Monday, March 4, 2013

Latin Proverbs and Fables Round-Up: March 4

Here is a round-up of today's proverbs and fables - and for previous posts, check out the Bestiaria Latina Blog archives. If you have not downloaded a free PDF copy of Brevissima: 1001 Tiny Latin Poems, it's ready and waiting! If you prefer the heft of a book in your hand, you can get the book in printed form from

HODIE (Roman Calendar): ante diem quartum Nonas Martias.

MYTHS and LEGENDS: The art image for today's legend shows Eurydice and the Snake; you can also see the legends for the current week listed together here.


TINY PROVERBS: Today's tiny proverb is: Spero meliora (English: I hope for better things).

3-WORD MOTTOES: Today's 3-word verb-less motto is Cura atque industria (English: By means of care and effort).

ANIMAL PROVERBS: Today's animal proverb is Ut apes geometriam (English: As the bees know their geometry).

POLYDORUS: Today's proverb from Polydorus is: Qui parce seminat, parce et metet (English: He who sows sparingly will likewise reap sparingly).

PROPER NAME PROVERBS: Today's proper name proverb from Erasmus is Panidis suffragium (English: The judgment of Panides; from Adagia 3.1.32 - In the fabled contest between Homer and Hesiod, Panides, a Euboean king, was the foolish judge who would have awarded the victory to Hesiod).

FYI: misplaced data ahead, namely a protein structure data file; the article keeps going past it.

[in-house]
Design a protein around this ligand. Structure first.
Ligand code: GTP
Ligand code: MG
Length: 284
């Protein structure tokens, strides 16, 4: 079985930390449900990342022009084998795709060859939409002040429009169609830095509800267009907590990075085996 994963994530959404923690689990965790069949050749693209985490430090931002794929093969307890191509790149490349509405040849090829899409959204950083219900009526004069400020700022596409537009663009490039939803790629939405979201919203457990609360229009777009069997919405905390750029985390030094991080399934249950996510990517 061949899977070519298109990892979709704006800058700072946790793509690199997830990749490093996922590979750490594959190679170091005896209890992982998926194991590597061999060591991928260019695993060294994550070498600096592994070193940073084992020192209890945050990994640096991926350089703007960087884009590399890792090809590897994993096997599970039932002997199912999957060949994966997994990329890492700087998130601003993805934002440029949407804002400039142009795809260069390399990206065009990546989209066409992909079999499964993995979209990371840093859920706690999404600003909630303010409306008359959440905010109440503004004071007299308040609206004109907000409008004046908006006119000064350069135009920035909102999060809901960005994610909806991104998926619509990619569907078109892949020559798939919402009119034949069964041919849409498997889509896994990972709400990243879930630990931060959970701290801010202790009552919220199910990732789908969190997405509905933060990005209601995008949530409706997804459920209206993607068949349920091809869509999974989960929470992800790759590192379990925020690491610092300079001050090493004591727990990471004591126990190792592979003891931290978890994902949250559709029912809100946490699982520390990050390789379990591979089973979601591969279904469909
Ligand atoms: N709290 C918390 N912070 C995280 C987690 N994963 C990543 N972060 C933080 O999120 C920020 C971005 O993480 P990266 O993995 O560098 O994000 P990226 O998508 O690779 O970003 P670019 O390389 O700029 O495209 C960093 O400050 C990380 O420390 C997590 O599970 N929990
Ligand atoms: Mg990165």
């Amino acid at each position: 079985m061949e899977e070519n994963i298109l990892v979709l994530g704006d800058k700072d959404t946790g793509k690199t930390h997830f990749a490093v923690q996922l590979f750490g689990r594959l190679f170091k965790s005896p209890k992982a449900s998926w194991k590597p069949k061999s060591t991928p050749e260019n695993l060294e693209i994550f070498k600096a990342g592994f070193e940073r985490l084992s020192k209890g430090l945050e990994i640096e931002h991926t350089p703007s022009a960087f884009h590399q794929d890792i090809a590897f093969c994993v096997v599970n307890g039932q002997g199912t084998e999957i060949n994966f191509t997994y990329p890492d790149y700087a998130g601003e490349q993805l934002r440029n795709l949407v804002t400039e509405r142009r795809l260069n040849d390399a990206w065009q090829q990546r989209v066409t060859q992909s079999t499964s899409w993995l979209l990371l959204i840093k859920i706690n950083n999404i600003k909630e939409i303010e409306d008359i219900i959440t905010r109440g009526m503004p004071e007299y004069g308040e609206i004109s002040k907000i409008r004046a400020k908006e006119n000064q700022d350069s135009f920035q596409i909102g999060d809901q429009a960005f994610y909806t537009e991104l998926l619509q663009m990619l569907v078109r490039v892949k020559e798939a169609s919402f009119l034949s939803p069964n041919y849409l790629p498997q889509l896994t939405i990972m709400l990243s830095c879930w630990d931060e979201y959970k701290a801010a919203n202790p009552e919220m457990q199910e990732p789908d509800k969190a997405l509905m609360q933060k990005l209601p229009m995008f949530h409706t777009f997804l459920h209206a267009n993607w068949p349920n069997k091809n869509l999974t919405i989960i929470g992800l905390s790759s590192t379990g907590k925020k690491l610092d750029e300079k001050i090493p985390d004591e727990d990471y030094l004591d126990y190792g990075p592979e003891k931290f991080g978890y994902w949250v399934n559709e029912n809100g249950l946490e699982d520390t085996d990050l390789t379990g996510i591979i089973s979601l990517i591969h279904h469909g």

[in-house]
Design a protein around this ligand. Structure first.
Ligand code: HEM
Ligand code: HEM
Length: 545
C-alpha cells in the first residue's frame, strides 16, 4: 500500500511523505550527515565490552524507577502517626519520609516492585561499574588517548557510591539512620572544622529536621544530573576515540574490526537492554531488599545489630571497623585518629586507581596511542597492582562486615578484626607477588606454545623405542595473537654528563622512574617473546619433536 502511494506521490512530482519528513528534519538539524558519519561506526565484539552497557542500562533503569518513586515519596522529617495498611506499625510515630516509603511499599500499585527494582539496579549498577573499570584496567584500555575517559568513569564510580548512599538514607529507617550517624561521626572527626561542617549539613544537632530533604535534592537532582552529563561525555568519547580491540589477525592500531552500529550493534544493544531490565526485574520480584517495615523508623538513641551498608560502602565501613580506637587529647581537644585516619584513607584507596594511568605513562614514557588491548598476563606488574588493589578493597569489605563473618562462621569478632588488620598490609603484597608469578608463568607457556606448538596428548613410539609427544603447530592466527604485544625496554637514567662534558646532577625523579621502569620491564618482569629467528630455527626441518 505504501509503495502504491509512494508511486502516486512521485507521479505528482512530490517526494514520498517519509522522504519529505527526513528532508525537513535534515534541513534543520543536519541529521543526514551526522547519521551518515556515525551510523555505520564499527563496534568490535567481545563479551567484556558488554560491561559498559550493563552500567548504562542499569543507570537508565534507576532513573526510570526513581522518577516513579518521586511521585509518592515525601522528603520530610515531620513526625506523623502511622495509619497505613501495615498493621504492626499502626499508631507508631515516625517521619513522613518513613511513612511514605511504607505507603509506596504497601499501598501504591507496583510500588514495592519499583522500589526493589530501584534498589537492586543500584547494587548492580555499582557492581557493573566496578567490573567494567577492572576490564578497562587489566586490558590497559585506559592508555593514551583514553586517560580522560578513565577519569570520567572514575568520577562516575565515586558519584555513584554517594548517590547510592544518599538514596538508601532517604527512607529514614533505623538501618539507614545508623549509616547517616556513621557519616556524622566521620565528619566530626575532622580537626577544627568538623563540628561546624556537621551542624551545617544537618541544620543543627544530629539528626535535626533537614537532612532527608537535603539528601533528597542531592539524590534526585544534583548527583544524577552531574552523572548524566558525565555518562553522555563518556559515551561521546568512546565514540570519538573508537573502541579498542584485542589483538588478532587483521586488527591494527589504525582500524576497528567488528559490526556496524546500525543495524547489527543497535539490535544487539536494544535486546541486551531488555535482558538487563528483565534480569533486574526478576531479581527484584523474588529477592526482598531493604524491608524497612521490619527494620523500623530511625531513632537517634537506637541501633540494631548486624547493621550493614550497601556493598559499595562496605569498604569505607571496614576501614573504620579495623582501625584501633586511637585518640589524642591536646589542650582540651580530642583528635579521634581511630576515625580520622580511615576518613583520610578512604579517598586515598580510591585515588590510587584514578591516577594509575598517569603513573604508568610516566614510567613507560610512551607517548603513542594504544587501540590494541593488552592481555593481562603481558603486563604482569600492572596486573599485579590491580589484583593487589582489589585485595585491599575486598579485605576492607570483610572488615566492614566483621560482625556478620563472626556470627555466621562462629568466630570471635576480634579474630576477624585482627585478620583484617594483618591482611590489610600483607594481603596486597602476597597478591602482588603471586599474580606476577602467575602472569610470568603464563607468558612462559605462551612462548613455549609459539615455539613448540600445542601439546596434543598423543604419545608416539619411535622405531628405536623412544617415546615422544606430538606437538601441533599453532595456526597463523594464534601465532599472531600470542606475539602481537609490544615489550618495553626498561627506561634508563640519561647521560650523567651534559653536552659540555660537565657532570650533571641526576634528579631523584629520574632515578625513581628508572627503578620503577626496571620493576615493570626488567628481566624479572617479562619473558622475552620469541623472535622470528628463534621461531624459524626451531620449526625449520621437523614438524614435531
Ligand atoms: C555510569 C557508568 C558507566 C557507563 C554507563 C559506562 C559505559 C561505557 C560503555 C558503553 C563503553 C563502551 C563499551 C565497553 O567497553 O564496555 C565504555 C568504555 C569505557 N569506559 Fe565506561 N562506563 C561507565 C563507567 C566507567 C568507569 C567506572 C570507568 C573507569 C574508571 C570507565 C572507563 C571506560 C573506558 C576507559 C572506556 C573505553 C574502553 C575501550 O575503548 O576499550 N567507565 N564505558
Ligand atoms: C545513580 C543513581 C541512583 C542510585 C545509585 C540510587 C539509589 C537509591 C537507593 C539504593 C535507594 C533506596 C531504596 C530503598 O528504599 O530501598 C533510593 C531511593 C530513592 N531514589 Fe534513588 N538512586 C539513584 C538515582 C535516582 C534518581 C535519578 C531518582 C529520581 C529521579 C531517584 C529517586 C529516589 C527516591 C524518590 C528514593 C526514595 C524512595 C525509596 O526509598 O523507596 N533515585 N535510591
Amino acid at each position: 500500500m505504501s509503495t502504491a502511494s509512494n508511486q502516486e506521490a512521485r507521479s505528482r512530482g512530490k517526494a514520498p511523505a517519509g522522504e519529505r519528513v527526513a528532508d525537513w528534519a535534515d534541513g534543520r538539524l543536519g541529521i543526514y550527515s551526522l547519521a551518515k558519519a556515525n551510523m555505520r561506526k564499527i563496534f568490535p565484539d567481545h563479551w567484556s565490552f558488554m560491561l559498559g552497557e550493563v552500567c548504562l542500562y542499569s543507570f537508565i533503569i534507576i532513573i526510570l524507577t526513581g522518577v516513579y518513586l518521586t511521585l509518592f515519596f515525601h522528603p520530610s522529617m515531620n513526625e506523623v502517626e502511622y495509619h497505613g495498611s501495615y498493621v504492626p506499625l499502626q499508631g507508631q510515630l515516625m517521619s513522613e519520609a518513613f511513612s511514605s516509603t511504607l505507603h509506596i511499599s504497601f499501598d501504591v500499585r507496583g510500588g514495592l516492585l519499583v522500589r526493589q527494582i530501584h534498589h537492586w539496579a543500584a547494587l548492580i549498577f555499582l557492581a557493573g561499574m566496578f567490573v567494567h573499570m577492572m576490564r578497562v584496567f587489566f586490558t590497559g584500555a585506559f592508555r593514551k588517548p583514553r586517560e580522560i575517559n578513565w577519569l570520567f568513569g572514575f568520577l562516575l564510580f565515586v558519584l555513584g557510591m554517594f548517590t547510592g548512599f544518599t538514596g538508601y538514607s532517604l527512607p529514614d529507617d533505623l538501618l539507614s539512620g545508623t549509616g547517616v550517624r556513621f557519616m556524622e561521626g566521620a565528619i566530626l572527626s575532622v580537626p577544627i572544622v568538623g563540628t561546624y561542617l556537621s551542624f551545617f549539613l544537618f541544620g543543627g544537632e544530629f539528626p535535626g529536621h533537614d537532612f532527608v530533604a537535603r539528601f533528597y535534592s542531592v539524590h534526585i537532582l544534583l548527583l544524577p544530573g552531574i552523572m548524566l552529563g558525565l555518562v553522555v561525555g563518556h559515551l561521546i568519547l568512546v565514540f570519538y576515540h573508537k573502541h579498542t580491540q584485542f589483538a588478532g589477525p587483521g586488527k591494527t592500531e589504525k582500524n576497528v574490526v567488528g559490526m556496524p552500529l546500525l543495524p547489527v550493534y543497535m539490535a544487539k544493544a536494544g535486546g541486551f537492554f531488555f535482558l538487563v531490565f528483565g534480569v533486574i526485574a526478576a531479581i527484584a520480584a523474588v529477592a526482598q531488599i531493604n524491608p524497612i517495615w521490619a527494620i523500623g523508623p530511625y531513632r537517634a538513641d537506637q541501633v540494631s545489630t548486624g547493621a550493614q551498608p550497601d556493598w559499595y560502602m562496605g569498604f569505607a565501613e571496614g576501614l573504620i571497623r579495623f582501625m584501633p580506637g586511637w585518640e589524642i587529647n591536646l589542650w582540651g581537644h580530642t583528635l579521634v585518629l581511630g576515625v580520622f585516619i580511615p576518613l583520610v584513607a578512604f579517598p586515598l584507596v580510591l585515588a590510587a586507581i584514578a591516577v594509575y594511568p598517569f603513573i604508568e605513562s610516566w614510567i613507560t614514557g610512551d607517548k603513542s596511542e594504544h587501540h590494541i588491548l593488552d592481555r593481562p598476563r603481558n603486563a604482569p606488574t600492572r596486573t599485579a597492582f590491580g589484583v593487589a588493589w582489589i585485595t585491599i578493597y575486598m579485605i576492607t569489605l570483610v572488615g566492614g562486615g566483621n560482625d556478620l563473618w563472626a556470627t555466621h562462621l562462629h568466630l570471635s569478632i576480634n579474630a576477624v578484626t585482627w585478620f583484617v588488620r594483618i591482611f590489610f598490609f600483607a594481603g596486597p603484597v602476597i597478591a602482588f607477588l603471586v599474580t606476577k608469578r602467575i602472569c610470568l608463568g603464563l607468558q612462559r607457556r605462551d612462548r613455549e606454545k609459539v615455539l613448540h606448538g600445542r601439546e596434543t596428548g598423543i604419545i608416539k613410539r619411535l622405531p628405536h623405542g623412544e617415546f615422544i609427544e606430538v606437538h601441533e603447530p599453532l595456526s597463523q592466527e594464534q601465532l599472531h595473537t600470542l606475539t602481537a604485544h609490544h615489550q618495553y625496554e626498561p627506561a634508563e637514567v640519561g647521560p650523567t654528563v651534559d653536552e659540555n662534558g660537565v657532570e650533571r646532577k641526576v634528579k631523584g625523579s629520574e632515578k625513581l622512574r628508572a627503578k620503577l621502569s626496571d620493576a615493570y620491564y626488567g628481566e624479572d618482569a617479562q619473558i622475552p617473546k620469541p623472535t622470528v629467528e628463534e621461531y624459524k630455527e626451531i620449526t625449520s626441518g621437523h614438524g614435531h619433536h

GREEK PROVERBS: Today's proverb is Ὀυκ ἔστιν ἐν πολέμῳ δὶς ἁμαρτάνειν (English: One cannot err twice in war).

BREVISSIMA: The distich poster for today is Credo Quod Video. Click here for a full-sized view; the poem has a vocabulary list and an English translation, too.

And here is today's proverbial lolcat:


FABULAE FACILES: The fable from the Fabulae Faciles widget is Hercules et Rusticus, a great story about how God, in this case the divine Hercules, helps them that help themselves (this fable has a vocabulary list).

MILLE FABULAE: The fable from the Mille Fabulae et Una widget is Ostreum et Mus, the story of a mouse who met his end inside an oyster.

Mus et Ostreum

GreekLOLz - and Latin and English, too. Below is one of my GreekLOLz; for the individual Greek, Latin and English versions of the graphic, see the blog post: Αὐτοῦ Ῥόδος, αὐτοῦ πήδημα. Hic Rhodus, hic saltus. Here be Rhodes, here be your jump.